St. Seraphim's Chapel is an outdoor Russian style chapel. It was set apart from the other chapels amid plants and trees.



"Inside" St. Seraphim's Chapel



The tour was basically over. We spoke to a young monk in the bookstore who told us that there were 43 monks currently living in the monastery, but people come from all over the world and stay with them.

This last chapel is still in the process of being built and is not open to the public just yet. But we could go up there and walk around. It is called St. Elijah Chapel. Here it is from a distance. Isn't it beautiful?



We drove our car over to the chapel and walked up the steep walkway to the top. Here is the chapel up close.



The bell tower



A view of some snow-capped mountains off in the distance, with saguaros in the foreground.



Here is what St. George's Chapel looks like from up on that hill.



Finally, when we were walking down the steps from the chapel, I glanced over the side and said, "Hey, look at that snake over there!"

Jim said, "That's a rattlesnake!"

It was about 5 feet long!

Here's a photo of that bad boy!



I am so glad we took this trip to the monastery. I'm always interested in learning about other religions, and this was such a beautiful place to visit.

15 comments:

misslynda said...

I love taking weekend trips with you. You visit fascinating places and then tell us illustrated stories about them. The buildings are gorgeous beyond words. I like when people put their best architecture and materials in the places where they worship God. And I like the 'traditional' look. Our new church building is going to be beautiful, too but it will be more of a modern design. I grew up appreciating the style you have shown so it feels more "like home".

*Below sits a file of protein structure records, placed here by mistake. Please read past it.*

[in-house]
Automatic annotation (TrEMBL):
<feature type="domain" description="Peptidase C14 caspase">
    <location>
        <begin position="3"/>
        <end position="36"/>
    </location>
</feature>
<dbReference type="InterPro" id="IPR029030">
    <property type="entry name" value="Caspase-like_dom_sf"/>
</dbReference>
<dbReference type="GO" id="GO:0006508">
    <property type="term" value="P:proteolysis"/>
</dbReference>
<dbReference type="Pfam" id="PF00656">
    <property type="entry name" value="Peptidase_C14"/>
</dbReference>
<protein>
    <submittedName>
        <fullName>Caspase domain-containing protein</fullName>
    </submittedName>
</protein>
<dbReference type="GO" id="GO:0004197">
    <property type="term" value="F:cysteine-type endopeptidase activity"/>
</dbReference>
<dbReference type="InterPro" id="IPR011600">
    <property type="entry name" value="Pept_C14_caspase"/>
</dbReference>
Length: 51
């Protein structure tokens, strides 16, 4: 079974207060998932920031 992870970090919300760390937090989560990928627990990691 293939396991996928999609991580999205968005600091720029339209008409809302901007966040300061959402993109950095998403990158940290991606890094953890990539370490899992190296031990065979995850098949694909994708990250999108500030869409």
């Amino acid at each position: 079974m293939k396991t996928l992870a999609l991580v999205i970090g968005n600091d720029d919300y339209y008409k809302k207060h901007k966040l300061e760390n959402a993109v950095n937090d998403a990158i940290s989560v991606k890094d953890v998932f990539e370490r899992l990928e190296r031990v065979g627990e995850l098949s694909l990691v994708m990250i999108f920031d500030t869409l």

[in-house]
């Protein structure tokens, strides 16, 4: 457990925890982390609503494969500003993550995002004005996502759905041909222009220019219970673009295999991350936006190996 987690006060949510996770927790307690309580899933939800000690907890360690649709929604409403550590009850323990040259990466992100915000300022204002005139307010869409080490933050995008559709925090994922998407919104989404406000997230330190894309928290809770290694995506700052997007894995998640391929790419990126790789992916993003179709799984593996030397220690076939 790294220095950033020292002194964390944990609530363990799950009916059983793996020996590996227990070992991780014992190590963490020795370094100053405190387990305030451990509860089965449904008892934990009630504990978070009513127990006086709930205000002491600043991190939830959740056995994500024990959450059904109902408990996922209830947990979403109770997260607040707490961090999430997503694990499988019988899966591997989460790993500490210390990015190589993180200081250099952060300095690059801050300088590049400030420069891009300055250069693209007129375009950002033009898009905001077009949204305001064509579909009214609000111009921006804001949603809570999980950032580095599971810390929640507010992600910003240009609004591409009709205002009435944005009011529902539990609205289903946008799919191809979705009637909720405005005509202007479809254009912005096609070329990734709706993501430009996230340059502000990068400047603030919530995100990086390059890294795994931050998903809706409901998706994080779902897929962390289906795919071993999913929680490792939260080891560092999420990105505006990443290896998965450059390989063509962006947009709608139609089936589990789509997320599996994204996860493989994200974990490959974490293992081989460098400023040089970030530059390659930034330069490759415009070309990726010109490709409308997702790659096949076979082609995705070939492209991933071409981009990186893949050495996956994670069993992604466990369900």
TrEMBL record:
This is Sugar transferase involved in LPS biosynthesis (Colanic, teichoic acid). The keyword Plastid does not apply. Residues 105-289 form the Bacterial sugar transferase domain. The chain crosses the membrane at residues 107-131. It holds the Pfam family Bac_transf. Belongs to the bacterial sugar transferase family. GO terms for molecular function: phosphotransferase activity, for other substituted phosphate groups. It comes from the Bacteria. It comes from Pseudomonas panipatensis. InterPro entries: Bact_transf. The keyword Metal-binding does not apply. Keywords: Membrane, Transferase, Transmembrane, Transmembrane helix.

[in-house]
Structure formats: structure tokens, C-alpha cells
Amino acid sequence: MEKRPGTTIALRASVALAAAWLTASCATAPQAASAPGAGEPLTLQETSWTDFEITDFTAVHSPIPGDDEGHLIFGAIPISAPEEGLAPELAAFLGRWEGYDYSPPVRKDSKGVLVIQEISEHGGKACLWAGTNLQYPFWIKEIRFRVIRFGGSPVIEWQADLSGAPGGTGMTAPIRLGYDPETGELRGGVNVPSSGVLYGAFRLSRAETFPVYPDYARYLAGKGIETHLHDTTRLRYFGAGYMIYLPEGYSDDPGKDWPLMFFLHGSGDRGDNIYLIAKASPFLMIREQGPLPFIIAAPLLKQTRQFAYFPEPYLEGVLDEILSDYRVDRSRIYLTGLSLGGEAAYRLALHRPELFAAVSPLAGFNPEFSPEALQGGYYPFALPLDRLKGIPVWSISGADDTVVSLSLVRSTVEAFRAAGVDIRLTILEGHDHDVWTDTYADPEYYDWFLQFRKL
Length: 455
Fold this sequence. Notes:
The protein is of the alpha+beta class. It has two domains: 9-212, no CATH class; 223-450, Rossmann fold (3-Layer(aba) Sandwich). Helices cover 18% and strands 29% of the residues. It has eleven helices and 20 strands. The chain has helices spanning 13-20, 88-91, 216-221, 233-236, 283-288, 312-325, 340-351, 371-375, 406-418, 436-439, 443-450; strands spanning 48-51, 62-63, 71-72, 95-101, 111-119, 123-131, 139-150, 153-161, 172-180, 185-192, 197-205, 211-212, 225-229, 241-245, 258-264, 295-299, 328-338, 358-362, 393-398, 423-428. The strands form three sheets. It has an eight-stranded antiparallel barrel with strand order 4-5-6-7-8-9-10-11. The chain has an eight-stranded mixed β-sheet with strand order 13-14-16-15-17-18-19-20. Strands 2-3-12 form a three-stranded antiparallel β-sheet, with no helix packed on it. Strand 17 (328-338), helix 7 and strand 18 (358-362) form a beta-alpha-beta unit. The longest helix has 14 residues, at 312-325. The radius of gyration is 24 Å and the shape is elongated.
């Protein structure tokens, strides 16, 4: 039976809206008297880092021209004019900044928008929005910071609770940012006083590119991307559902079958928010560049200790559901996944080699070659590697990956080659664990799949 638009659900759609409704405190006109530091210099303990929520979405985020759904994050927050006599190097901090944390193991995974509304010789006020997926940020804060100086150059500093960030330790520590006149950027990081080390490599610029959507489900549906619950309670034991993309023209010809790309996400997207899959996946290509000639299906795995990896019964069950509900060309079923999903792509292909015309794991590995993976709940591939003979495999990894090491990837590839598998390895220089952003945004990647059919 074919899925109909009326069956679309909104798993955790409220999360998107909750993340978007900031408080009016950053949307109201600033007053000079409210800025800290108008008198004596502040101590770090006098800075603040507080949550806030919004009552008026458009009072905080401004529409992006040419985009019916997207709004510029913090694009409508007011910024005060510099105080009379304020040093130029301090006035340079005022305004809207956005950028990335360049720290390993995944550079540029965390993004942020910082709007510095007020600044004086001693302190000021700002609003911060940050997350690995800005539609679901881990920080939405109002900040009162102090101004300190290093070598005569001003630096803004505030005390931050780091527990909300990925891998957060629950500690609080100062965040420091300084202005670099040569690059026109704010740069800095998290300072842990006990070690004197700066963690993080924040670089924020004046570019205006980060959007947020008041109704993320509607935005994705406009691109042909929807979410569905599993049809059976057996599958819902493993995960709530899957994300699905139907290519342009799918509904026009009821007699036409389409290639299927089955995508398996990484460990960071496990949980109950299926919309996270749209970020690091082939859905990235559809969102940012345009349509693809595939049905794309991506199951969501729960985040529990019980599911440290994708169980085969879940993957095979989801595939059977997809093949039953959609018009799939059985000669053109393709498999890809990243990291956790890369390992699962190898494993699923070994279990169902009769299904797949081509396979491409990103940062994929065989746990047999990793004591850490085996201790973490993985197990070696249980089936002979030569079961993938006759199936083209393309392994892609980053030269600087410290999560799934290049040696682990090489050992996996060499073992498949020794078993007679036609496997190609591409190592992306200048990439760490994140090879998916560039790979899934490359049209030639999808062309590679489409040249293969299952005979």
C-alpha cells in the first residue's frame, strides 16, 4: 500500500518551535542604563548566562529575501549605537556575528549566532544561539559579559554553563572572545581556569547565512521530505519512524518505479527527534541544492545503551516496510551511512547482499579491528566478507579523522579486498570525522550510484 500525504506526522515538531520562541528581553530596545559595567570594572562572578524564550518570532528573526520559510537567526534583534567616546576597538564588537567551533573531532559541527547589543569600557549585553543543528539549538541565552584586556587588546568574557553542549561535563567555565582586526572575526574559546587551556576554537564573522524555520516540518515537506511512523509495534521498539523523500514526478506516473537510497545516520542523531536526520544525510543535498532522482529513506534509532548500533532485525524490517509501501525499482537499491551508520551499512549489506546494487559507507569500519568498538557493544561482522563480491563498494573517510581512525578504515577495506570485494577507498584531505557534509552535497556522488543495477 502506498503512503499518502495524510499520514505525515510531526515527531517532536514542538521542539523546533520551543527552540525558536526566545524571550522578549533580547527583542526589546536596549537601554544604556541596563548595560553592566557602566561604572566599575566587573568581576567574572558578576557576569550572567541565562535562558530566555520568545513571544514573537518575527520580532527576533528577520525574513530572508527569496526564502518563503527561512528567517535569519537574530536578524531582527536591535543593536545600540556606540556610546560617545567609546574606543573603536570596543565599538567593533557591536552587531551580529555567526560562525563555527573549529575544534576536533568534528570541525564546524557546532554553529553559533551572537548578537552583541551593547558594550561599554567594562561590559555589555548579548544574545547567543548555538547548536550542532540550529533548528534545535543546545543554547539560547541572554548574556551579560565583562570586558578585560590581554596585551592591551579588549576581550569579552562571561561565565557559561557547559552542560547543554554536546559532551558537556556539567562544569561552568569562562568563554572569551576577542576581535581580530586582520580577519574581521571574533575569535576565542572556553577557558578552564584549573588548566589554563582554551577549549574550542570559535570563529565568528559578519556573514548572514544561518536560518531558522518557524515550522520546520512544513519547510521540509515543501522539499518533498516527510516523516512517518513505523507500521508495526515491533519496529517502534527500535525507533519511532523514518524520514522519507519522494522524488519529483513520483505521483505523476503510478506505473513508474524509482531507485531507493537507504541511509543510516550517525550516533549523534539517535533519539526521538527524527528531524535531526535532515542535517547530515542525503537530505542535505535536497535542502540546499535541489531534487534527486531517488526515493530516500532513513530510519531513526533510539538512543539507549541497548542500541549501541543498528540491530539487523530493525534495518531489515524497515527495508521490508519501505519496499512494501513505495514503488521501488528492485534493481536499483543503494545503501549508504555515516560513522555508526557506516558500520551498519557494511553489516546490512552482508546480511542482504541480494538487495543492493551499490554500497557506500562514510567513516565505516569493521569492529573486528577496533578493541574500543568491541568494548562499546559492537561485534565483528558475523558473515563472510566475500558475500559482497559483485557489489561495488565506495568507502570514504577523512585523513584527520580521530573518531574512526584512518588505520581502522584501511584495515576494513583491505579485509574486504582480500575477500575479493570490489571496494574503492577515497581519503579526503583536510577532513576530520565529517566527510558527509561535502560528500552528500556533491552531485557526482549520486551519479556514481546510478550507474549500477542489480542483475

Brian Miller said...

wow. what a cool looking place. the pics are phenom...

Snowflake said...

Beautiful photos Pat!! But, I can't believe you were close enough to take a picture of the rattle snake! I would have been running the opposite direction!!!

Teresa - in the Middle Side of Life said...

what a beautiful place to visit! I'd gladly put on the required clothing to visit such a place! thanks for sharing your pictures - as usual, they were awesome.

Steven Anthony said...

These pictures are breathtaking...my God the things you get to see, you are such a lucky lady...and you all looked so cute in your scarfs;)

*LLUVIA* said...

My goodness!!! What a beautiful place!!!!

Sunny said...

What a lovely, peaceful place and such amazing architecture. I really learned a lot from your post, thanks Pat. You even reminded me that I don't like snakes!
Sunny :)

Rae said...

Awesome place. Hard to believe it sits in the middle of the desert.

Gail said...

Beautiful workmanship. I could use these guys around the farm for a few years.

Lindy MacDuff said...

Excellent tour, Pat, and far better than the one we took there about ten years ago. Mike and I should go again some time.

otin said...

What an amazing looking place! And no, I did not laugh at the outfits!

Boomka said...

Thats incredible. I've seen the churches in Greece, the desert in Airizona, and the covered up women in Istanbul and this was a fascinating combination of it all. Wow I find it so amazing when those things all come together like that. They did a tremendous job creating that place. So neat that you got to go visit!

WhisperingWriter said...

Oh wow, I'm in awe over how beautiful everything is!

Nancy said...

Thank you for taking us along! What an incredible place. Hearst Castle had those same chairs where the monks stand. (Suitable for all of the movie stars and millionaires?) The seats flip down for the elderly monks to lean against. Fascinating place, but weren't you hot? Geesh

Carletta said...

Fascinating Pat!
With having to 'dress' I'm surprised you were allowed to take photos inside.
Nice post, well, except for the snake - YIKES!